The 8 young performers of PARTCH, wearing old-timey clothes, created a theatrical performance out of a set of Harry Partch pieces with spoken texts evoking the Great Depression. In San Francisco, 2 performers dressed as newsies hawked local papers. By the Rivers of Babylon presented the world's most lugubrious sermon, accompanied by an organ-like instrument that plays microtones. Barstow exposed us to the dreariness & weariness of hitchhiking. The performers received enthusiastic applause, & audience members crowded to the edge of the stage to get a closer look at the unusual instruments before they were taken away.

After intermission, a string quartet drawn from the SF Symphony played Terry Riley's G Song, which sounded like a Bach chaconne. The quartet's silvery playing had a nice freedom. The final work was the latest incarnation of Morton Subotnick's Jacob's Room, a theatrical work for amplified voice, string quartet, keyboard & electronics, with a text about the holocaust. Vocalist Joan La Barbara interspersed recitation of the text with growling, inhaling, cooing & other extended vocal techniques, all of which she executed with smoothness & ease. She used separate microphones to make her voice come from opposite ends of the stage, & in 2 cadenzas her voice is electronically sampled & sent ricocheting around the hall. The instrumentalists spend much of the time stuck in a relentlessly churning pattern. A mood of fear dominates, though I did not feel like the work had enough ideas for its 30 minute length. The audience gave the performance a warm response & a scattered standing ovation.

Susan Key & Morton Subotnick, 03.11.2012 Susan Key interviewing Morton Subotnick in the Wattis Room at Davies Hall for the American Mavericks festival.Surprisingly, there were a lot of empty seats. Pre-concert, Susan Key interviewed Mr. Denk & Mr. Subotnick in the Wattis Room in front of a small audience. The interviews were also streamed live on the Web. Mr. Denk discussed his admiration for Charles Ives & told us that playing tone clusters with his fists was more painful than playing them with the forearms. Mr. Subotnick is an impressively vital 79-year-old, & at the end of his interview he pulled out his iPad & demoed an app he designed that allows children to sketch with music.

§ American Mavericks: Chamber Music featuring Joan La Barbara and members of the SFS

Jeffrey Milarsky, conductor
Joan La Barbara, vocalist
Jeremy Denk, piano
Members of the San Francisco Symphony

Henry Cowell
Selections for Solo Piano
Advertisement (1917), Episode (1921), The Banshee (1925), Exultation (1921), The Aeolian Harp (1923)
Jeremy Denk, piano

Harry Partch
Five Pieces
Sextet from Castor and Pollux (1952), San Francisco (1932), The Letter (1935), By the Rivers of Babylon (1931), Barstow (1941), Reprise: Sextet from Castor and Pollux

Terry Riley
G Song for String Quartet (1980)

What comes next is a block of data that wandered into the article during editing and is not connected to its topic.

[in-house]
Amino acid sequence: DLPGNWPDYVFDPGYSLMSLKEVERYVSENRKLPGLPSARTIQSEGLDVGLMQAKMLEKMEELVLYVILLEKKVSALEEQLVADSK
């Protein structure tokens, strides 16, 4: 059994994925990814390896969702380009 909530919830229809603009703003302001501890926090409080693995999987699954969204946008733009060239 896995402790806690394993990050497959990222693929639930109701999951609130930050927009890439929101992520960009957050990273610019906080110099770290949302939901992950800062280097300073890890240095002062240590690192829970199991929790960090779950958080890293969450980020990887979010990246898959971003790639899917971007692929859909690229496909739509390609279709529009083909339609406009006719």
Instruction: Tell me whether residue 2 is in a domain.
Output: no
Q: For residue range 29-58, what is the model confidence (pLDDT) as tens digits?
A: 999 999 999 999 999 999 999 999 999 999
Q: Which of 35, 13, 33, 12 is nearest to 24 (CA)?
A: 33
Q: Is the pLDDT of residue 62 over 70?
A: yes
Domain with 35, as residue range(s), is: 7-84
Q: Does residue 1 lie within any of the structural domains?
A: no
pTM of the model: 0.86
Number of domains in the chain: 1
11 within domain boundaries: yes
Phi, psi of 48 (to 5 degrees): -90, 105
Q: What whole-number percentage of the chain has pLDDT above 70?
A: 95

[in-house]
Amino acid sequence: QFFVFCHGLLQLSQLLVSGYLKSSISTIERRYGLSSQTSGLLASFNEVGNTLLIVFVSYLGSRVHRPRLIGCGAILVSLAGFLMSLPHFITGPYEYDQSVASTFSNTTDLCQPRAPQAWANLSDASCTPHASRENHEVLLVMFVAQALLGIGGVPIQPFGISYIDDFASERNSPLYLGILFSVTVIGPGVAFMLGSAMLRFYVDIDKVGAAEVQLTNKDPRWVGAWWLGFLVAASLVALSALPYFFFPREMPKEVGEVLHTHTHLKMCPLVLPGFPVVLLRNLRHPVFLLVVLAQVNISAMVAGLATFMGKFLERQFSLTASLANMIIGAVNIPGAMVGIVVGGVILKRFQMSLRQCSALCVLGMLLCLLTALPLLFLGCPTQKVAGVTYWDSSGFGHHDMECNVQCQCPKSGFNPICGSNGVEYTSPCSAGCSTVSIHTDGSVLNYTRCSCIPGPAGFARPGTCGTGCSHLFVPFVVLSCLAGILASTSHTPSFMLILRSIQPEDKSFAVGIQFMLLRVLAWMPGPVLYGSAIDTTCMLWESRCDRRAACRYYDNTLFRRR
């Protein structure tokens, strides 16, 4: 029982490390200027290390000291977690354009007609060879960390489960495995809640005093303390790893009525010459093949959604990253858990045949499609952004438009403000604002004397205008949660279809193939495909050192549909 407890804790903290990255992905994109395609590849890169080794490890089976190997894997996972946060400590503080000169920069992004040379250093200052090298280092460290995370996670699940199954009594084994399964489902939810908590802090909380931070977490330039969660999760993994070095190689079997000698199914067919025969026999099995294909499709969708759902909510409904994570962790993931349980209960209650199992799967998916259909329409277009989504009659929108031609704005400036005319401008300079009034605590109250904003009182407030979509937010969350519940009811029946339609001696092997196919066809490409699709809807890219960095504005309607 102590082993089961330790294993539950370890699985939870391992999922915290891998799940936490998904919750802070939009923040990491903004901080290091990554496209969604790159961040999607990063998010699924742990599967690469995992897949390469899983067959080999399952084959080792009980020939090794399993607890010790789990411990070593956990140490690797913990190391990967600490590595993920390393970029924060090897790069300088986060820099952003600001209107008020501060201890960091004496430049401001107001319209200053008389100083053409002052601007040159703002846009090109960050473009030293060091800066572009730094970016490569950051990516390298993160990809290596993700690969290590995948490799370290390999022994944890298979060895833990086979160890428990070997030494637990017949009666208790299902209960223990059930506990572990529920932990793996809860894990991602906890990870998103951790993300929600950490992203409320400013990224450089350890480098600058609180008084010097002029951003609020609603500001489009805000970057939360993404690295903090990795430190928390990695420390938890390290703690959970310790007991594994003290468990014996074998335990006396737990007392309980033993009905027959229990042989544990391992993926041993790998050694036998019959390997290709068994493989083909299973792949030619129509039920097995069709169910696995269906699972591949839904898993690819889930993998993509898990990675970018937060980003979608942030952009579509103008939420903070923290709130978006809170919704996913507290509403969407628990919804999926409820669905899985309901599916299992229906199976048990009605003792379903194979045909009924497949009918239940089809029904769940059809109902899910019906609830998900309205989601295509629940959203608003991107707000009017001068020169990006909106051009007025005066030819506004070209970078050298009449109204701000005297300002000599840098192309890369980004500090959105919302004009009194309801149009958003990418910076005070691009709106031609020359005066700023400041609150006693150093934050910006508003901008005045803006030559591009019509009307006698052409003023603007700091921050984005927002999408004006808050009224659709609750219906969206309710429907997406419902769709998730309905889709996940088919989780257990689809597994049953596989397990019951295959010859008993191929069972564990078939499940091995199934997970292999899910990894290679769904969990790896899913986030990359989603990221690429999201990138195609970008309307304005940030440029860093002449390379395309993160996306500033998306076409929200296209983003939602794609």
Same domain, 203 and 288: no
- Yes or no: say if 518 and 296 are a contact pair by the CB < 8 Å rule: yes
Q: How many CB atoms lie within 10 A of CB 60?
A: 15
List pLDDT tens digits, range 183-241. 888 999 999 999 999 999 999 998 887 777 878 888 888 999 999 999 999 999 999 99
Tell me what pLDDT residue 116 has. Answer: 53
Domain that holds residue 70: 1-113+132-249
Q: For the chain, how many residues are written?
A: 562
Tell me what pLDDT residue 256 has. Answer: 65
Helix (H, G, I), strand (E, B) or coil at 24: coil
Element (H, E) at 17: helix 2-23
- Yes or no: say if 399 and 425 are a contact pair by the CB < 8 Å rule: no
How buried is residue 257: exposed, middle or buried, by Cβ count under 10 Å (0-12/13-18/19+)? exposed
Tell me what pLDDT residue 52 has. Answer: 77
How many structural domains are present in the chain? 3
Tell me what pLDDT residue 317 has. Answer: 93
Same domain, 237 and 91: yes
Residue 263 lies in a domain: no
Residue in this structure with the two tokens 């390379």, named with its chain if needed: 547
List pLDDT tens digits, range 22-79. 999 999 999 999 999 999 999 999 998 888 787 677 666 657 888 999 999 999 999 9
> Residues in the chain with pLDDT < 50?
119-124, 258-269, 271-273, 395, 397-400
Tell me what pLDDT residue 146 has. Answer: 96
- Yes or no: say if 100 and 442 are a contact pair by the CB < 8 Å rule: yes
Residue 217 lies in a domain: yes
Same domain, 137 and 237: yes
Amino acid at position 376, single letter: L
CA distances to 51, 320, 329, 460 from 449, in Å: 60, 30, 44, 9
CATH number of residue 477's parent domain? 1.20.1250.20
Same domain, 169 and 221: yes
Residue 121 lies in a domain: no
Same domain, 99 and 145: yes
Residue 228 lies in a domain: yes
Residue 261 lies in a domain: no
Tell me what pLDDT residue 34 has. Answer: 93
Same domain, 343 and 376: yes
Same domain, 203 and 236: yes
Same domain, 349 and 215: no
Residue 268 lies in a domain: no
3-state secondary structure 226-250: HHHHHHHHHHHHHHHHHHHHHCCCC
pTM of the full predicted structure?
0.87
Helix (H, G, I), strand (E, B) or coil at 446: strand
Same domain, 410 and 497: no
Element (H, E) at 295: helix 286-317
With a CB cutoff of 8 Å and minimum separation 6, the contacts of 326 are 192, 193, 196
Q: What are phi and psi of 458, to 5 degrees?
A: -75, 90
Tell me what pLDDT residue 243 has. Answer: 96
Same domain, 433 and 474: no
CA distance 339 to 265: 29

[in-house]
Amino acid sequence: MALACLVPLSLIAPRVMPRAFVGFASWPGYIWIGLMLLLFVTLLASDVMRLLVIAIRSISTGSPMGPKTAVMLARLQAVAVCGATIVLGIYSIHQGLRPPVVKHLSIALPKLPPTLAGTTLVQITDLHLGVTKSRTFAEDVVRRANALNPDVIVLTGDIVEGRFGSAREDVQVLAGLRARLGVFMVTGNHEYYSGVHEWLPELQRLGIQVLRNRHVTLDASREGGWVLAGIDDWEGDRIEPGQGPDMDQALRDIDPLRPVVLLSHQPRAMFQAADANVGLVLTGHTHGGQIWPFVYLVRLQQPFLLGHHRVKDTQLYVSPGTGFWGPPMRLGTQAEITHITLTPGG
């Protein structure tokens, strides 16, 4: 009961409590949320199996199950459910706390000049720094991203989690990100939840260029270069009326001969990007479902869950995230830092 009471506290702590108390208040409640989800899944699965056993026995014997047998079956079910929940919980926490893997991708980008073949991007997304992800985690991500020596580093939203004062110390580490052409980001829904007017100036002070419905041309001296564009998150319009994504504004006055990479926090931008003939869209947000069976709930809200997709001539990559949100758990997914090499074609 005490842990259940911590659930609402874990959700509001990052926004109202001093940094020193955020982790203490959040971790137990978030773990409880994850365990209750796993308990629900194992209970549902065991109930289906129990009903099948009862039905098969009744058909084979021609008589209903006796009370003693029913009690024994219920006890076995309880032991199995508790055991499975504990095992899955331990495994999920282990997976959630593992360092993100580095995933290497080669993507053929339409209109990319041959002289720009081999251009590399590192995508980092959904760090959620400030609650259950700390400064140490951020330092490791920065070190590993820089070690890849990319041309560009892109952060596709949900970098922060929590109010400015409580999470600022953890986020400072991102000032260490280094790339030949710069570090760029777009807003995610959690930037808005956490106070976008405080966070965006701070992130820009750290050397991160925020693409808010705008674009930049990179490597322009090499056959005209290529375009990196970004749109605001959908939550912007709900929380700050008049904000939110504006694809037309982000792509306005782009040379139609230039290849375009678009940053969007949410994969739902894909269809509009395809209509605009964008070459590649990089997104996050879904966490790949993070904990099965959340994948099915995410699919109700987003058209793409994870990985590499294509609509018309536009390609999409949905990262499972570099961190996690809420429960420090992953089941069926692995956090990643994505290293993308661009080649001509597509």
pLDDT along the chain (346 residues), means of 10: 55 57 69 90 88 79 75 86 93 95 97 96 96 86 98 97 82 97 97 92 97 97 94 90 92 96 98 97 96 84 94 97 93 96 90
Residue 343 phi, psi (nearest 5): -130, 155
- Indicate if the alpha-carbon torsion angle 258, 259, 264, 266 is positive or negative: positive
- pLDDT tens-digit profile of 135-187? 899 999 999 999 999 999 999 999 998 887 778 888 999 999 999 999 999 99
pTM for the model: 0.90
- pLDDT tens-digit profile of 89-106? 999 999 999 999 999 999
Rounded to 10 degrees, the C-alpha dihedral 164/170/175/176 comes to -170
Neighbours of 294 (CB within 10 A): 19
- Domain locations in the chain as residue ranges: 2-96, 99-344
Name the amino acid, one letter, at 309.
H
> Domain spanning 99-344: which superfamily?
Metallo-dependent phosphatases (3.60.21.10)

Dan Carlson, Amy Hiraga, violins
Jonathan Vincocour, viola
Peter Wyrick, cello

Morton Subotnick
Jacob's Room: Monodrama (2012) (World Premiere; San Francisco Symphony Commission)
Joan La Barbara, vocalist
Jeffrey Milarsky, conductor
Jesse Stiles, music supervisor/electronics
Sam Oliver, Paul Brancato, violins
David Kim, viola
Margaret Tait, cello
Peter Grunberg, keyboard

Sun, Mar 11, 2012 2:00pm
Davies Symphony Hall

Sunday, March 11, 2012

Dan Hoyle's The Real Americans

In this one-man show, Dan Hoyle describes his idealistic cross-country road trip to encounter the "other" America. His plan is to eat pie & to get to know people outside the "liberal bubble" of San Francisco. Instead of narrating his experience in the 1st person, he performs a series of cartoony impersonations of the people he meets. It's a dismaying pageant of bigots, closet cases, racial stereotypes & people who believe Obama is a Muslim. Mr. Hoyle also includes a sitcom-like quartet of his San Francisco pals, who provide context & commentary.

The trim Mr. Hoyle, dressed in t-shirt, jeans & running shoes, looks like a teenager. A handkerchief & a handful of baseball caps are the only other costume. He switches between characters efficiently & finishes the intermissionless, 90-minute show without breaking a sweat. The show has been extended through April 14th. The house staff had to bring out folding chairs to accommodate everyone at the sold-out performance on Friday night, delaying the start. It's general seating, so it pays to show up early. Afterward, I expressed my disappointment at the shallowness of the portrayals, but my theater companion pointed out that there's probably not a lot of thinking going on in these characters' heads.

§ Dan Hoyle's The Real Americans
Written and Performed by Dan Hoyle
Developed with & directed by Charlie Varon

The Marsh, San Francisco, Studio Upstairs
9 Mar 2012, 8p

§ Photo credit: Brendan Furey

Weill Hall Inaugural Season

Weill Hall Inaugural Season Announcement, 03.09.2012 Press conference on the stage of Weill Hall at the Green Music Center at Sonoma State University.Friday afternoon, the Green Music Center at Sonoma State announced the inaugural 2012 season in the Joan and Sanford I. Weill Hall. Members of the press sat on the stage of the hall for speeches from Chair & major donor Sanford I. Weill, Artistic Director Jeff Langley, Programming Consultant Robert Cole, Sonoma State Professor Lynne Morrow & Sonoma State President Ruben Armiñana. The inaugural season is star-studded, featuring Lang Lang on opening night. The 2 vocal series include Stephanie Blythe, Joyce DiDonato & a rare North American appearance by Elīna Garanča. Yo Yo Ma, Anne-Sophie Mutter & Vadim Repin appear in the instrumental series. The San Francisco Symphony will also present 4 programs, & the hall will be the home of the Santa Rosa Symphony.